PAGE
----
A large number of Italian artists were employed on Hurricane and the book includes examples of pages by Giovanni Ticci, Giorgio Trevisan, Nino Caroselli, Nevio Zeccara and Renato Polese, as well as the Spanish artists, Jordi Penalva, Juan Gonzalez Alacreu and Angel Nadal. Examples of art from Hurricane Annuals includes work by Ian Kennedy, Graham Coton, Reg Bunn and Don Harley.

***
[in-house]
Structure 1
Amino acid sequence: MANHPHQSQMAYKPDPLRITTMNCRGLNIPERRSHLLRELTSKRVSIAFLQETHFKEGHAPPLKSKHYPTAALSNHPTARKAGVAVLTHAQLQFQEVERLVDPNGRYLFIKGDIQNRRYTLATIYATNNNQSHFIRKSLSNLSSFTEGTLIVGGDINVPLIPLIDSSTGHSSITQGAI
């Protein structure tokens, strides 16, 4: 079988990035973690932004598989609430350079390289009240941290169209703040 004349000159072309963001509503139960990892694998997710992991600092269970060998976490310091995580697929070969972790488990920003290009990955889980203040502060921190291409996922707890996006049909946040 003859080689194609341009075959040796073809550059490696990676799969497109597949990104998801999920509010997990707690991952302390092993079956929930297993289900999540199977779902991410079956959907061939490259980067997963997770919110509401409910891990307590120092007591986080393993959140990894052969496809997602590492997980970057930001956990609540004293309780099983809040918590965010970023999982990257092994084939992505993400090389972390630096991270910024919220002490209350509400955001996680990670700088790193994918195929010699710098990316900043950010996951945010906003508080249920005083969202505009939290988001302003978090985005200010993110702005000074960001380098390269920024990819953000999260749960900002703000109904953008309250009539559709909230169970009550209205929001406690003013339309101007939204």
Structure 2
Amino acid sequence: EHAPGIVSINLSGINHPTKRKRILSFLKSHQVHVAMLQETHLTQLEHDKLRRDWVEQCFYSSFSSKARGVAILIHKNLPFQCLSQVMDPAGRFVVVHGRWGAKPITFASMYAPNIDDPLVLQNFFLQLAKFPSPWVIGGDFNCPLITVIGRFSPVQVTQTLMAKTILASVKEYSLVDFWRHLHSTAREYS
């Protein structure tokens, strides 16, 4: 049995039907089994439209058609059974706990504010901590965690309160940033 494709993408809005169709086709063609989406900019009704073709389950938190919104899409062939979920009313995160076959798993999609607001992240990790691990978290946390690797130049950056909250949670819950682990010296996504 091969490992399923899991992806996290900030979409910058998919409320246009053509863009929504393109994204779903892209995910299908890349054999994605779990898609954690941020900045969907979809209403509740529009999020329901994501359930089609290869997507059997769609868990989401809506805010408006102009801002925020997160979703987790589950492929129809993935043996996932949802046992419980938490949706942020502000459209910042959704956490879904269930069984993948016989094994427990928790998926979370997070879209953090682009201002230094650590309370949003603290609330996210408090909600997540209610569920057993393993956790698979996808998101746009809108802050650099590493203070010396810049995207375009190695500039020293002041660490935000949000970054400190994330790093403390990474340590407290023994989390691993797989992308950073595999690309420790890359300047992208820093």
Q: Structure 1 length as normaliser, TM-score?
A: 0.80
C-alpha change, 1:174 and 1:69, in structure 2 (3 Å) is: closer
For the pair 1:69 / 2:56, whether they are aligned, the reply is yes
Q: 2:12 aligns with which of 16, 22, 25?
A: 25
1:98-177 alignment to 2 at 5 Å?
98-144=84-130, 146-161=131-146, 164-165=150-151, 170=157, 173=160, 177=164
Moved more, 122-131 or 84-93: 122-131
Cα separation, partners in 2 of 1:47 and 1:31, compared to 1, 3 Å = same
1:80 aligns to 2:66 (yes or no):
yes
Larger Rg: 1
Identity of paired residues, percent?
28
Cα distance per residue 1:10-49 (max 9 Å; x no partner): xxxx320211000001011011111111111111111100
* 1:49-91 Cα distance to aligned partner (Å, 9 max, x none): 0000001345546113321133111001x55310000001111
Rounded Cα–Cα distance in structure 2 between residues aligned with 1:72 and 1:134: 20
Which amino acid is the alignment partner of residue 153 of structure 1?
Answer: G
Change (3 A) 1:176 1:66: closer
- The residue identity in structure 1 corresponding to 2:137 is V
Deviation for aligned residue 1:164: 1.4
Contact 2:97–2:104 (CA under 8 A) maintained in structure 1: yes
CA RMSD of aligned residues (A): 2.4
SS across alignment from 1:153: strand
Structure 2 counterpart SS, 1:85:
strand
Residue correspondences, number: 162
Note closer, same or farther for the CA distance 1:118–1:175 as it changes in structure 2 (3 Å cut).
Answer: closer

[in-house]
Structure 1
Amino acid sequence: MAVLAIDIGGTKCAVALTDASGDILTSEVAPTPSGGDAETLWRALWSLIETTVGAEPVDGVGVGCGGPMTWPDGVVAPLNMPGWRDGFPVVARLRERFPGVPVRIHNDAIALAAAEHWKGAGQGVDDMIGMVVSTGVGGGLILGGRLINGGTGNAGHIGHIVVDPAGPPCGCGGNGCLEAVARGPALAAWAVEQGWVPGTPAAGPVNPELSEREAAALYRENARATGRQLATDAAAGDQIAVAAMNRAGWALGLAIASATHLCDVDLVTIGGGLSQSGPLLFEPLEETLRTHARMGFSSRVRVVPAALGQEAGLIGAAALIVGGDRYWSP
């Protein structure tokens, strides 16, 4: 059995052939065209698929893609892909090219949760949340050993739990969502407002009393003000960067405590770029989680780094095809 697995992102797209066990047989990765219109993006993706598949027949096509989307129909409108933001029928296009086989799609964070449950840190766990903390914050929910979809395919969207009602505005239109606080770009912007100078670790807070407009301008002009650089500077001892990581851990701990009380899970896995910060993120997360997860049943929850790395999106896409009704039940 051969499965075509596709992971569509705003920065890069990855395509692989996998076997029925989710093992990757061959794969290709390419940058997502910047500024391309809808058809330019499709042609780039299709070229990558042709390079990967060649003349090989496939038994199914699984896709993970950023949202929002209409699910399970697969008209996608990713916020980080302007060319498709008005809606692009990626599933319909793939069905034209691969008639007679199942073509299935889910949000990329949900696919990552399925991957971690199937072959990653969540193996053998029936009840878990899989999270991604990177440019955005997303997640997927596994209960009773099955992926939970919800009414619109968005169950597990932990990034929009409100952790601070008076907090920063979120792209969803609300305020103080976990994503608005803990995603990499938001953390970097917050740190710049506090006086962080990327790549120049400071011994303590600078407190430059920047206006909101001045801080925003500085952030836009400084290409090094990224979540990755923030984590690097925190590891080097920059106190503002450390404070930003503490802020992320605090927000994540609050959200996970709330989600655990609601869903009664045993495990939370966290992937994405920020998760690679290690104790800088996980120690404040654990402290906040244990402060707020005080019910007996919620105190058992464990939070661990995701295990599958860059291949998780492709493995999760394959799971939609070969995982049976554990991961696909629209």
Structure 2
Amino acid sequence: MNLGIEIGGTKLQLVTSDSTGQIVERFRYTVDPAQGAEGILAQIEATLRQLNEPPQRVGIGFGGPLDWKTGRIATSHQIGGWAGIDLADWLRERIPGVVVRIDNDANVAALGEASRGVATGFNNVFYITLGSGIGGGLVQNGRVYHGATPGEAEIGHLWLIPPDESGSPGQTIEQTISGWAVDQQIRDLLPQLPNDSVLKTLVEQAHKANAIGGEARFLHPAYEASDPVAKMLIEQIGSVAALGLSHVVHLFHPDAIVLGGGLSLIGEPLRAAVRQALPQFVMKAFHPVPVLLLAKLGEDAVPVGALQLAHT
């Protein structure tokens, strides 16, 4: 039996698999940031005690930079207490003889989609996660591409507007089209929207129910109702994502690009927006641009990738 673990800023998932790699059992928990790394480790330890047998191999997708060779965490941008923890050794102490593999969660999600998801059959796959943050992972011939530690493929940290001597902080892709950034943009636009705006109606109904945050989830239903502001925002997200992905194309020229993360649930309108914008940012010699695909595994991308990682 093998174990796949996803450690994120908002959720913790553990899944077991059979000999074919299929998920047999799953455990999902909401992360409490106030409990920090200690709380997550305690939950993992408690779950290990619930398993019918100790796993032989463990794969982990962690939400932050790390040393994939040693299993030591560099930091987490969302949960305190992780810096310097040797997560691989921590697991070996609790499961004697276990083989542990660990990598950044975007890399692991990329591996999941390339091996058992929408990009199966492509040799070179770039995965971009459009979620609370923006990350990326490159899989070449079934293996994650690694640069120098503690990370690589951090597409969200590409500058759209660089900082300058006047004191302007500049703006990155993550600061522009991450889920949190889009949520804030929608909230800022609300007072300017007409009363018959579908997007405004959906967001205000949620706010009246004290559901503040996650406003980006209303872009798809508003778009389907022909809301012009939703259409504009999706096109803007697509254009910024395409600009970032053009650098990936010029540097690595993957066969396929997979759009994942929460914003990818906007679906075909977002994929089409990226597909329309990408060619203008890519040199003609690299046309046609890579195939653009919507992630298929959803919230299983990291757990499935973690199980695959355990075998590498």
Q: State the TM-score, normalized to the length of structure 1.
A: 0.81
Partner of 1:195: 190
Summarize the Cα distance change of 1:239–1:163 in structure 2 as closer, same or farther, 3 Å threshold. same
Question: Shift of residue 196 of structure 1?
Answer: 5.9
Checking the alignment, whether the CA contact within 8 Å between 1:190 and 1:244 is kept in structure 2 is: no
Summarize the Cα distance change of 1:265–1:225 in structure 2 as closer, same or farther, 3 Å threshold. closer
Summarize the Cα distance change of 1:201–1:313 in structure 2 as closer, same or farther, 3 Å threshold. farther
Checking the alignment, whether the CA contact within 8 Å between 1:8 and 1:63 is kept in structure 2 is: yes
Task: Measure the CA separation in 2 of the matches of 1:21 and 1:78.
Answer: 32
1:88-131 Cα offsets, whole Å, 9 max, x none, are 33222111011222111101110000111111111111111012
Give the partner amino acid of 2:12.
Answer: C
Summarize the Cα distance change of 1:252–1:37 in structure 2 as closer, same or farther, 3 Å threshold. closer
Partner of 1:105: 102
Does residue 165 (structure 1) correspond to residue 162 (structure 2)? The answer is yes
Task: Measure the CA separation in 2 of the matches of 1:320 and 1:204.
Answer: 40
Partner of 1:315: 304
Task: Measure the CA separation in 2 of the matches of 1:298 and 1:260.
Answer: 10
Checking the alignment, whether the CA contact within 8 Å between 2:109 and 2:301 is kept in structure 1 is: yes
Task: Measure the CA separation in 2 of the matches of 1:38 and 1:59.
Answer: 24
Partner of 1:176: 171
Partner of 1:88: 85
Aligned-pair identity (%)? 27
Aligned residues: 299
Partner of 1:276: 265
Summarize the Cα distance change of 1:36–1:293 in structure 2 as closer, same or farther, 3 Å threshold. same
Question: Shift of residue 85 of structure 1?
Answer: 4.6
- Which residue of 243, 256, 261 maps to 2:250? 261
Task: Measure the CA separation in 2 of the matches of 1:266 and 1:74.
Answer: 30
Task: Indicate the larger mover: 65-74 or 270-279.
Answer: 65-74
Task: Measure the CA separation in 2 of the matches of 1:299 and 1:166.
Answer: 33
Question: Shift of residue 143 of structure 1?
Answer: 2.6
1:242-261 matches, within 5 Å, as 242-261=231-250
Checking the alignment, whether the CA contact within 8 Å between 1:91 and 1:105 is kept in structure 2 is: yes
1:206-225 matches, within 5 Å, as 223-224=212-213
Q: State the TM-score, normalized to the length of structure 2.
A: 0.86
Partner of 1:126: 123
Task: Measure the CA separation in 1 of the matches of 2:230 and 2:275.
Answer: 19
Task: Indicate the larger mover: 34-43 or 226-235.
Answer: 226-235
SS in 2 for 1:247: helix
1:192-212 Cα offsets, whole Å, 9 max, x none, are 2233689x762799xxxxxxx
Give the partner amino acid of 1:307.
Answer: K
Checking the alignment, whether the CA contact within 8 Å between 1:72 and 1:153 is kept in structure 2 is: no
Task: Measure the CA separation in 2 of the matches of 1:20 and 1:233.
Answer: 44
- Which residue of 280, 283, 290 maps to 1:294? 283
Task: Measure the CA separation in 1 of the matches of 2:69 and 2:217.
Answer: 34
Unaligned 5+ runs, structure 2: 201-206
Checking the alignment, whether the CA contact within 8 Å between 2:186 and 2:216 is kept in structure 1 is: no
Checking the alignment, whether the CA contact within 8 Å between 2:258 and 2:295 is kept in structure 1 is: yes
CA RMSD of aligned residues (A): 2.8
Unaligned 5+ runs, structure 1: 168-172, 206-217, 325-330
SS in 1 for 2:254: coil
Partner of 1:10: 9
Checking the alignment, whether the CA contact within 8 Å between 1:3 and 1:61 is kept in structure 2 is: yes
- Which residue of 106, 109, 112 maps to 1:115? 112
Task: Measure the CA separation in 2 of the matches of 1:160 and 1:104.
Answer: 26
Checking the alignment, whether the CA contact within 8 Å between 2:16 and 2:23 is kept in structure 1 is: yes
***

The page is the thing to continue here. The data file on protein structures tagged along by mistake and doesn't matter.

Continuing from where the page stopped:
With a mix of science fiction, sport, western, historical and humour strips, Hurricane ran a range of stories, like its companion paper, although Steve suggests that initially it was probably aimed at the older end of the market. He gives a detailed account of the changes introduced in attempts to boost sales of Hurricane and indeed the introduction of repeated material to save on costs, but the arrival of serious competition in the form of TV Century 21 caused Fleetway to give their boys’ weeklies a makeover. They increased the content to 40 pages and merged Hurricane with Tiger, which was suffering from falling circulation at the time. The merger worked, giving the combined paper a healthy circulation and Tiger went on to outlive all the other Fleetway boys’ adventure weeklies that were running at the time, eventually being merged into the new EAGLE in 1985.